According to Biondi, Internet Tejano radio has more listeners that terrestrial radio because it has a different audience.
“We have an elite group of listeners, more affluent and better educated than terrestrial radio listeners. When we pitch a night club, we know we may not bring huge numbers of listeners out to the club, but we won’t fill it with an audience that will sit and nurse two beers all night,” explains Biondi.
He says the actual penetration of computer users among Tejano music fans is exceedingly high as compared to Anglos. “Tejano listeners are better educated and have higher positions in the community,” says Biondi.
“The bulk of our audience listens to us from 9:00 a.m. until 3:00 p.m. Our main audience listens to us on the Internet, and that’s a situation that won’t change until broadcast wireless is available en masse. Because these are people listening to us on their computer at work, they are in the higher pecking order. They have more money and more spendable income. Because they are listening on the Internet, they do not punch in and out of different stations. Instead, they spend an average of four to six hours listening to us. Terrestrial radio is lucky if they can hold a listener for 30 to 45 minutes.
“If they listen to us for six hours straight to a station they have selected, you have an audience that is very loyal. Most of them are listening to us at their desk with their headphones on as opposed to terrestrial radio playing in the background. During the day, 80 percent of our audience is comprised of repeat listeners. We gauge that from tabulating audience response, how our listeners get in touch with us. I once asked all our disc jockeys to pull all the e-mails and notes they received and we marked the areas they originated from on a big map of the United States. We filled up that entire map,” says Biondi.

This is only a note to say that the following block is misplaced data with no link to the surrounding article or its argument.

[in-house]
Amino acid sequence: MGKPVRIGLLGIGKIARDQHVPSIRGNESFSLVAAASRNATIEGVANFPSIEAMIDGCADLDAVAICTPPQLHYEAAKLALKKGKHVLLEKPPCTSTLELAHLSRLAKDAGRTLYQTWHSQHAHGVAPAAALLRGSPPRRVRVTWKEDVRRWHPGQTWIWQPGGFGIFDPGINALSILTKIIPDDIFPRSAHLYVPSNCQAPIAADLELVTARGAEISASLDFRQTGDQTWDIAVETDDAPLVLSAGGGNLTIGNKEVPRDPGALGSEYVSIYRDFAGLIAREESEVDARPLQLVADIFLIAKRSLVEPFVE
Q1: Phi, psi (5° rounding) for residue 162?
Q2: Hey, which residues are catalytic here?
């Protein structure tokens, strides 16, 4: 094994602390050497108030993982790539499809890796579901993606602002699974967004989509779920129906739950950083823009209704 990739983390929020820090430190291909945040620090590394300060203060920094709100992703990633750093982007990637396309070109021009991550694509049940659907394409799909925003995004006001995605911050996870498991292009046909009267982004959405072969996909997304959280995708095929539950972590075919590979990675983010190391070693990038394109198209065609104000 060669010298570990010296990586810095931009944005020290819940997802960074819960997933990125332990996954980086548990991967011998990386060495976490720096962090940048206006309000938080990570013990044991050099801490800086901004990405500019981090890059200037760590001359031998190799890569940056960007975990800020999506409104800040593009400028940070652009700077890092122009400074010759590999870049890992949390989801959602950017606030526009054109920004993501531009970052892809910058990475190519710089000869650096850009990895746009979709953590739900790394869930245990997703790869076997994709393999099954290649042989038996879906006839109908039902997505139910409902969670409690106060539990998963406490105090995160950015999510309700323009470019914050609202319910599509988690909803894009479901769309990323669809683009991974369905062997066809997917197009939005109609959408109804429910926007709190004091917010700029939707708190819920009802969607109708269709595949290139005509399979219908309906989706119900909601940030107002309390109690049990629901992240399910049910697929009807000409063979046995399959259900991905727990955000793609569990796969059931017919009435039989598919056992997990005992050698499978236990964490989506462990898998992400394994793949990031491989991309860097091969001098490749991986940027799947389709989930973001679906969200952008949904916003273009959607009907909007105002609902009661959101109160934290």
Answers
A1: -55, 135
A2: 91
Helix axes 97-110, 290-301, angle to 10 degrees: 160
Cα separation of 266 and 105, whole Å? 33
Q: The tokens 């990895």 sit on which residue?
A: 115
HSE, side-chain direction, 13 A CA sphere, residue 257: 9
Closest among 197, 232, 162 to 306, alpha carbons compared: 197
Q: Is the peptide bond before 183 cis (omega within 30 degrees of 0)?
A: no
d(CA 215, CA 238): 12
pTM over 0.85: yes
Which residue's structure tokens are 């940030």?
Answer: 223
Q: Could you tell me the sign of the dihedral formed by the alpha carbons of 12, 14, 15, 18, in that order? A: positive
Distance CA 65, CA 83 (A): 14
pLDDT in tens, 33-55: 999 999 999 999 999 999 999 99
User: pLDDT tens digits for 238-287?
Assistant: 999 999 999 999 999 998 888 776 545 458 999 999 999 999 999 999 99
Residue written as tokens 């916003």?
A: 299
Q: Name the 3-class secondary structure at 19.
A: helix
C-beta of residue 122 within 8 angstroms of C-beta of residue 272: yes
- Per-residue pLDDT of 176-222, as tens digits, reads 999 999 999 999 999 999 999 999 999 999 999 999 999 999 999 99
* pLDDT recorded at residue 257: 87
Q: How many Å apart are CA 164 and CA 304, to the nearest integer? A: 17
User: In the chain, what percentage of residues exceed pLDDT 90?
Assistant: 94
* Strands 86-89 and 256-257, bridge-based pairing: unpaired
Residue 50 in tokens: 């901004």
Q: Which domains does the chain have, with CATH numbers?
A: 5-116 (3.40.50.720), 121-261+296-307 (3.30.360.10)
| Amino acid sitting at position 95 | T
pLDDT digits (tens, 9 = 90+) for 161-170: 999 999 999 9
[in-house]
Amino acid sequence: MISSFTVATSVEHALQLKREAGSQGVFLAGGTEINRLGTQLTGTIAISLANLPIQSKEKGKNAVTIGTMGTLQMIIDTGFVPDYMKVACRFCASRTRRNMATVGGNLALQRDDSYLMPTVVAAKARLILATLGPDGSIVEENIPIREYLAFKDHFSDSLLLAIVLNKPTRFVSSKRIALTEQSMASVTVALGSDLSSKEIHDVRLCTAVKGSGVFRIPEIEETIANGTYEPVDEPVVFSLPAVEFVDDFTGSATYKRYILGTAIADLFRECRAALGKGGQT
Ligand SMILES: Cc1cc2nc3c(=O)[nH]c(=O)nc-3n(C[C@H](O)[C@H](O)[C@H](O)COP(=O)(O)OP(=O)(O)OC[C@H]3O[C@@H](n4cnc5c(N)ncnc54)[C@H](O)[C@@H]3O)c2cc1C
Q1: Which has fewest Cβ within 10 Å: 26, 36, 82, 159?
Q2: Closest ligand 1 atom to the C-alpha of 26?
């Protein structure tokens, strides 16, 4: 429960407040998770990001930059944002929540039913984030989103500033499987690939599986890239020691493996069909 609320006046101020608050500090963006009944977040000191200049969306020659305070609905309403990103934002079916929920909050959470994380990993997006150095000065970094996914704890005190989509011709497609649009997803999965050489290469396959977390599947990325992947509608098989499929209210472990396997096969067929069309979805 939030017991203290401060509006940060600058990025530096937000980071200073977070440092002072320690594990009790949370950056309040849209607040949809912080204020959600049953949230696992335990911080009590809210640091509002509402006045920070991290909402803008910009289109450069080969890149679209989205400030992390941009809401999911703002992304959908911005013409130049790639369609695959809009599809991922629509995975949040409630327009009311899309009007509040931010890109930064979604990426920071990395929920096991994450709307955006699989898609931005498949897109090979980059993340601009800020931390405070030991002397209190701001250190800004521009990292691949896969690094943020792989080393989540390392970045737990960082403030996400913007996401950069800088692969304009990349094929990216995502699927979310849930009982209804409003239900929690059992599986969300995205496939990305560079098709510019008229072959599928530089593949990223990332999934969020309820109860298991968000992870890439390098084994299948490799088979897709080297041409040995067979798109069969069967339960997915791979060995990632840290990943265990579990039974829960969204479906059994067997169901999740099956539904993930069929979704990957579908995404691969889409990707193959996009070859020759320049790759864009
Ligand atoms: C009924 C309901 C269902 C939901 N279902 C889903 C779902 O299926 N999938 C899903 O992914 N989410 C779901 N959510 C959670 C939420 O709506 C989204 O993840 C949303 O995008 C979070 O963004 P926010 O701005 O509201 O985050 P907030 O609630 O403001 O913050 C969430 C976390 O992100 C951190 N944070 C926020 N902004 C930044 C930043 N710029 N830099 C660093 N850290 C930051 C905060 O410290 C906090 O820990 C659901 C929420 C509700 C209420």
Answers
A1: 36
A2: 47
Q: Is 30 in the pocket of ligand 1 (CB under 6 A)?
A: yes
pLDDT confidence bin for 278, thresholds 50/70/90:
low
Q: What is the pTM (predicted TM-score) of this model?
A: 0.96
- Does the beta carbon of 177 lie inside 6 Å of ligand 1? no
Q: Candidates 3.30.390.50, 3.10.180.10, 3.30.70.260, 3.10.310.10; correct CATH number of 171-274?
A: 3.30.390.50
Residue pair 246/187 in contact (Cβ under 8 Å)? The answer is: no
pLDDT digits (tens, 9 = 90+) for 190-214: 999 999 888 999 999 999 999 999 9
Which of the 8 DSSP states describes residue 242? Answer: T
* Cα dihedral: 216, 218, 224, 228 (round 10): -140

But BNetRadio’s listeners are not just restricted to the United States. The station’s audience is global. “We had a caller from inside a tank on operations in Afghanistan who was listening to us while going on a mission to kill people. He picked up our broadcast on the tank’s Internet system. And we’ve heard from listeners stationed with a M.A.S.H. unit in Baghdad and Tikrit. It is just like you see on the TV show. They move to a new location and the first thing they do is set up tents. Then they set up a satellite dish for the Internet. Then they put up a pole and put a speaker on it to play the broadcast.
“We had a soldier and his father who communicated through our radio station. The son was in a M.A.S.H. unit, his father was in Seattle.
“Another time we received a call from a payphone outside an Internet cafe in Baghdad. The caller was live on the air with us. All of a sudden, we heard an explosion in the background. The caller said, ‘Hang on; I’ve got to check this out.’ You could hear him as he ran down the street. When he came back he said, ‘That’s okay, it was just a shoulder-mounted missile,’” says Biondi.
All four of the armed forces radio networks put BNetRadio on their military satellite. That’s in addition to the Internet feeds in Iraq and Afghanistan. “We’ll have a soldier call in on an SAT phone. We’ve instructed our DJ’s to expect a delay on SAT calls. One soldier tried three times before he got through because the DJ kept hanging up before the delayed conversation came through.